All these things would likely necessitate his resignation.

Regarding the possibility of Israel stopping the war because of the prisoners, Laham said that the prisoners were not the cause of the war but were simply one of its outcomes. It is not reasonable to suppose that Hamas carried out last year’s attacks in order to take Israeli prisoners, he said, since it could have settled for a small group taken from a military vehicle or by attacking an Israeli military base.

The issue of Israeli prisoners will remain unresolved unless there is a clear Israeli decision to reach a comprehensive exchange deal that resolves the issue of the prisoners and their Palestinian counterparts, Laham said.

He added that what happened on 7 October was part of a broader operation within the context of a long-standing war waged by the Palestinian people against the Israeli occupation. Hamas sees itself as a symbol of the continuity of this struggle.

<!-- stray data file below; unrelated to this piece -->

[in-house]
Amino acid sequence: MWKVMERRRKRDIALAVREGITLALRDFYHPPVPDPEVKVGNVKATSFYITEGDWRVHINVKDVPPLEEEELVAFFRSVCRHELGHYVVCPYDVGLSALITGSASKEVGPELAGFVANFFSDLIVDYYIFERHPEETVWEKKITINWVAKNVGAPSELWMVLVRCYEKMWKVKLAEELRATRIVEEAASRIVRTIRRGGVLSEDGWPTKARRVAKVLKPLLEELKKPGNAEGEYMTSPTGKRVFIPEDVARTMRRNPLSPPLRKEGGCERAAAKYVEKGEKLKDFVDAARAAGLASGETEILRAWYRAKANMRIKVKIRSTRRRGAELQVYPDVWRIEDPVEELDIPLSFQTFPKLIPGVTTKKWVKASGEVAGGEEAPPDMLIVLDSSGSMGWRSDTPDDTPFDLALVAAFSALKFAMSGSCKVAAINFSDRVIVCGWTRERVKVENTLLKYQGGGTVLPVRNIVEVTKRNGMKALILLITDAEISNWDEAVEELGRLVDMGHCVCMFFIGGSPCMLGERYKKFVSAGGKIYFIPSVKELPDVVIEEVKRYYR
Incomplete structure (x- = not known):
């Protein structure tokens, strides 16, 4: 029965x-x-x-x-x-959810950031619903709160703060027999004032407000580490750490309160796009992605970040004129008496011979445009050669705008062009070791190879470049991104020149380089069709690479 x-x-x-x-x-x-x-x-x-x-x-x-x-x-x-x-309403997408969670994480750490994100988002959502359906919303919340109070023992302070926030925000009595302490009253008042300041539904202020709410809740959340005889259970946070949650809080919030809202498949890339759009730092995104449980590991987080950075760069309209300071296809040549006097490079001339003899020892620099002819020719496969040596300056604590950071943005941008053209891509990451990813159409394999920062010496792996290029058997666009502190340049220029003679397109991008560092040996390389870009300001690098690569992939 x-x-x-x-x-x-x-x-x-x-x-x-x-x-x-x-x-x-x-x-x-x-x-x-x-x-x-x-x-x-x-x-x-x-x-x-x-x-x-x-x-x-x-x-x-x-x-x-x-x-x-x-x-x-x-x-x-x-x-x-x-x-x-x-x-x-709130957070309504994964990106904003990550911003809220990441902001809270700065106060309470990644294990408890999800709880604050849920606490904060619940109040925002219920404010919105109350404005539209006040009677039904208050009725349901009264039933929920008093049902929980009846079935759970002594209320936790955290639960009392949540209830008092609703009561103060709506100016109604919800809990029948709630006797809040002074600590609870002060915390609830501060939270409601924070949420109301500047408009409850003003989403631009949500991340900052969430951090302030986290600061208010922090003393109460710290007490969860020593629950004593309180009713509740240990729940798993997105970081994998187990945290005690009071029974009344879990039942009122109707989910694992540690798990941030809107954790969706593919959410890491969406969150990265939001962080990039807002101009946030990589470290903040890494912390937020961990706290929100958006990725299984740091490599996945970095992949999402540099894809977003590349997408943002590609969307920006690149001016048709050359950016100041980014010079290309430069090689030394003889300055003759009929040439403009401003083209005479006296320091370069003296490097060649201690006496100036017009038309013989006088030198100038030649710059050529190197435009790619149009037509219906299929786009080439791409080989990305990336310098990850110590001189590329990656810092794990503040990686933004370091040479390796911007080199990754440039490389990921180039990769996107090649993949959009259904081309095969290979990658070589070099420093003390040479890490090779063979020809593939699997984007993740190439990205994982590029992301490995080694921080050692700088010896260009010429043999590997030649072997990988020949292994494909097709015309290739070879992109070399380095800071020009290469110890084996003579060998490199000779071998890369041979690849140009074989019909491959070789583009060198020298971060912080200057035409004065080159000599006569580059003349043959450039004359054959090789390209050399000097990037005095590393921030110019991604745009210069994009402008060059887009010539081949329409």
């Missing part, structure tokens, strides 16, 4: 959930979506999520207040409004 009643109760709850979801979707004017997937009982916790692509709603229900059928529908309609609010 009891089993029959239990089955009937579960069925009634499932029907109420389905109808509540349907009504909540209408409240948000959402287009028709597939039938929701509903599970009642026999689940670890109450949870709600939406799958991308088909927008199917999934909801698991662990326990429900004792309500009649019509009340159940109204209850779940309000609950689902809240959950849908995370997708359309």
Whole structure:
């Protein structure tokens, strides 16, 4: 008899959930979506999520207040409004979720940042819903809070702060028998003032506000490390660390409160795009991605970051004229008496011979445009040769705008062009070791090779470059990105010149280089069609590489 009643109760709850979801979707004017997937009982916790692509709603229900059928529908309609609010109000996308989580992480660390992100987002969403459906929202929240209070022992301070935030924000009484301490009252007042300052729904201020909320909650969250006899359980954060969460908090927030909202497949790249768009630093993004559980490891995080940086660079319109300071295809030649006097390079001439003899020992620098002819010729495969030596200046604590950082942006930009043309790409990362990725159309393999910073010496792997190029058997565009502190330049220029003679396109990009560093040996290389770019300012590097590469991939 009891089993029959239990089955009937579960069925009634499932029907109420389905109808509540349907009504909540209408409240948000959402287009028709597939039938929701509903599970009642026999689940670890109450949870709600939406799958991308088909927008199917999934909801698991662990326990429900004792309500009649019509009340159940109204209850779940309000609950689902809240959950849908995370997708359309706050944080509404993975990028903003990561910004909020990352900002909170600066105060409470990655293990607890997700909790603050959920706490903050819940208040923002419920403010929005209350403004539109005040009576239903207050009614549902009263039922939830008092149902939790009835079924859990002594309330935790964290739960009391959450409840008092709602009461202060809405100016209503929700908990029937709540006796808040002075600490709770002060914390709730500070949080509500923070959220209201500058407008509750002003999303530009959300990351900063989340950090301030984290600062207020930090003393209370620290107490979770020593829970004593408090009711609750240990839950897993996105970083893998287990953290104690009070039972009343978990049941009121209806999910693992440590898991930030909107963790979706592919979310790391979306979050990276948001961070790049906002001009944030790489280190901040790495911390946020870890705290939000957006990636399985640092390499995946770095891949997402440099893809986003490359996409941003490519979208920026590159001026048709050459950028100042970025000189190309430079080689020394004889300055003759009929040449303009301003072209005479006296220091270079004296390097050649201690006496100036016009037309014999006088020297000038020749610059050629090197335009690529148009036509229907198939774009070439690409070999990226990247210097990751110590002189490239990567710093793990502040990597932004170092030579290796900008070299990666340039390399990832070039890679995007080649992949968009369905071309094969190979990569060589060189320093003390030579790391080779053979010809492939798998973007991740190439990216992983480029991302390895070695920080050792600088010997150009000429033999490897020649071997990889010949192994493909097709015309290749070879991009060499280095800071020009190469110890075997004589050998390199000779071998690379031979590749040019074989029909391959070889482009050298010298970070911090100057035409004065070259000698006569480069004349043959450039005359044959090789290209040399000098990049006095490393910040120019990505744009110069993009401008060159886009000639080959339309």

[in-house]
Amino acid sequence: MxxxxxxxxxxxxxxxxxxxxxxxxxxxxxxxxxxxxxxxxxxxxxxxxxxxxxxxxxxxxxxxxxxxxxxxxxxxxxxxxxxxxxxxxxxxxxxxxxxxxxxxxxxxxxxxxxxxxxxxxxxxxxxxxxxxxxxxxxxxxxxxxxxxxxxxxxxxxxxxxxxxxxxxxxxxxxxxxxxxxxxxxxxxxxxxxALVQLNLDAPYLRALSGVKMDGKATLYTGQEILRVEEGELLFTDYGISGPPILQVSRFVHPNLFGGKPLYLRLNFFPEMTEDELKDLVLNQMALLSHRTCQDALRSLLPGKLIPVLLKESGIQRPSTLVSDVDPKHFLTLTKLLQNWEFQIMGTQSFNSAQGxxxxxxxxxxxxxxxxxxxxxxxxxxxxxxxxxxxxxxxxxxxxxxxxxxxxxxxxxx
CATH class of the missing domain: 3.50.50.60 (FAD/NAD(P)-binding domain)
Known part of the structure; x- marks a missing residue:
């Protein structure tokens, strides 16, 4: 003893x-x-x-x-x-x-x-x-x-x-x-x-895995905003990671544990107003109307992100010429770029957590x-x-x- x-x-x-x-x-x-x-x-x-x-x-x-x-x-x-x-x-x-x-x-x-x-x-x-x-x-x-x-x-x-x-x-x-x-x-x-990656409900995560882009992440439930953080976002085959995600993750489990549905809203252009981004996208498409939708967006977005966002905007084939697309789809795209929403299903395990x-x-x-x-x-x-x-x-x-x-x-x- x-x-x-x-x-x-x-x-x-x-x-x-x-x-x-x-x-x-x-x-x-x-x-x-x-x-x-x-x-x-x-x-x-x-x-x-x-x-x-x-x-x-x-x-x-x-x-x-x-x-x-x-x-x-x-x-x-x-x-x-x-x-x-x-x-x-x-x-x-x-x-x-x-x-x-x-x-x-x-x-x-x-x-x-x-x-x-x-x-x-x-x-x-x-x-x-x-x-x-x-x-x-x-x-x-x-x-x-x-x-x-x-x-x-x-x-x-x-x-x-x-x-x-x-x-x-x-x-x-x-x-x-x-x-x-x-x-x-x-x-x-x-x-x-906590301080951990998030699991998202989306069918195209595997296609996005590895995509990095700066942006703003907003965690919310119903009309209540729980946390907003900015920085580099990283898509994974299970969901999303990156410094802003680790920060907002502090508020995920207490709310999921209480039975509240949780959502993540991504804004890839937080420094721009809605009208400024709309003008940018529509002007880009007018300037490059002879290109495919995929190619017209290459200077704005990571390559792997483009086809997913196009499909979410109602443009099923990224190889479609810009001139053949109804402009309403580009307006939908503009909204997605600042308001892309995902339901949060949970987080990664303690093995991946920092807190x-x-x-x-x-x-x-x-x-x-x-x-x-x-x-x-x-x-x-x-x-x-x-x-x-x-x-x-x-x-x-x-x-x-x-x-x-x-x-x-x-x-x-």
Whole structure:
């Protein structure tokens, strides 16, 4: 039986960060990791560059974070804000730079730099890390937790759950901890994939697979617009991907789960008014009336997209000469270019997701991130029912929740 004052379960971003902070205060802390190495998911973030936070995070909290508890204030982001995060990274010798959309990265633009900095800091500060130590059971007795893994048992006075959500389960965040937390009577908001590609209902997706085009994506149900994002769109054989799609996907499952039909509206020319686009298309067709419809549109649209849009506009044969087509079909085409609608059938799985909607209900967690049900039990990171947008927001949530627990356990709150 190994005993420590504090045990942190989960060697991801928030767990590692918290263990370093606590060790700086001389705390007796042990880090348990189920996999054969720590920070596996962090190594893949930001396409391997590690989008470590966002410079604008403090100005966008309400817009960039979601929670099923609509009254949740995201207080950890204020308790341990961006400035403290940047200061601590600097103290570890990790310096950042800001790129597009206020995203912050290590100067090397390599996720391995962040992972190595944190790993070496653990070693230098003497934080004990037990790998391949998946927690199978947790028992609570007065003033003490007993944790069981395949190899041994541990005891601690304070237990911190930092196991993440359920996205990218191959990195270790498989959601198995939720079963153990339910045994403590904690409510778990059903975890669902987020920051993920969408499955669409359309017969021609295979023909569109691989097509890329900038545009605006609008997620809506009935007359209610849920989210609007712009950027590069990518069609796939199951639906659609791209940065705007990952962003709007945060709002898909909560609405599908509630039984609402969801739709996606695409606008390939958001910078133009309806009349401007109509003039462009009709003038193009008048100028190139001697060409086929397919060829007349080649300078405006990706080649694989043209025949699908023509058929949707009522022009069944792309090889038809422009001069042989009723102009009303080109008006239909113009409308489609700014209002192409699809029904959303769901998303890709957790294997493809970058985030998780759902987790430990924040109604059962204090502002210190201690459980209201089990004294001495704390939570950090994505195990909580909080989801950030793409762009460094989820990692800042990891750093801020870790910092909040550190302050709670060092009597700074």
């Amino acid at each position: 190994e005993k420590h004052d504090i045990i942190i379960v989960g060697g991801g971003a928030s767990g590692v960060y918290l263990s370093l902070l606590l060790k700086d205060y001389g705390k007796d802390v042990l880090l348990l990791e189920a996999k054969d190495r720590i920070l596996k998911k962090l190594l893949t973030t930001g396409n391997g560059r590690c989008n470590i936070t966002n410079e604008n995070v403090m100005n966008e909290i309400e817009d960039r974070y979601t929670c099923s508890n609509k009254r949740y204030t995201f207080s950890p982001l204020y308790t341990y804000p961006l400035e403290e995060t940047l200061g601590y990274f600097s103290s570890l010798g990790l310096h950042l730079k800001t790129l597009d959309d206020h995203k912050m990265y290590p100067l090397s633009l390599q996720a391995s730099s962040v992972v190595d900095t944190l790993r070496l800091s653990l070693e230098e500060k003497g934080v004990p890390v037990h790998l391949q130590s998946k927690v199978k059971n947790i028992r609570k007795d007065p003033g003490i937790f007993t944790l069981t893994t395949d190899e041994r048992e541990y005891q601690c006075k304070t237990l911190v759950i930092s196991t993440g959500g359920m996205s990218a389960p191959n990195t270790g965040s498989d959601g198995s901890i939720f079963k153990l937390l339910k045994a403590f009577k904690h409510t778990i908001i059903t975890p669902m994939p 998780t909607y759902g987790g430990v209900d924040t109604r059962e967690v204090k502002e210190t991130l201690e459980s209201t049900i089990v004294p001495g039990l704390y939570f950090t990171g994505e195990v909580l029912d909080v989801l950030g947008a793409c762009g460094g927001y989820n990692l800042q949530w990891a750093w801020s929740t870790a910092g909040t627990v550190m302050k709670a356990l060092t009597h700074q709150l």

For Israel, the prisoners do not constitute a reason to continue the war, which is more related to the pursuit of its strategic goals, Laham said, including neutralising the threat posed by Hamas and other factions, restoring the deterrence lost on 7 October, providing conditions that persuade settlers to return to the Gaza periphery, and attempting to settle the Palestinian issue through armed force.

* A version of this article appears in print in the 16 May, 2024 edition of Al-Ahram Weekly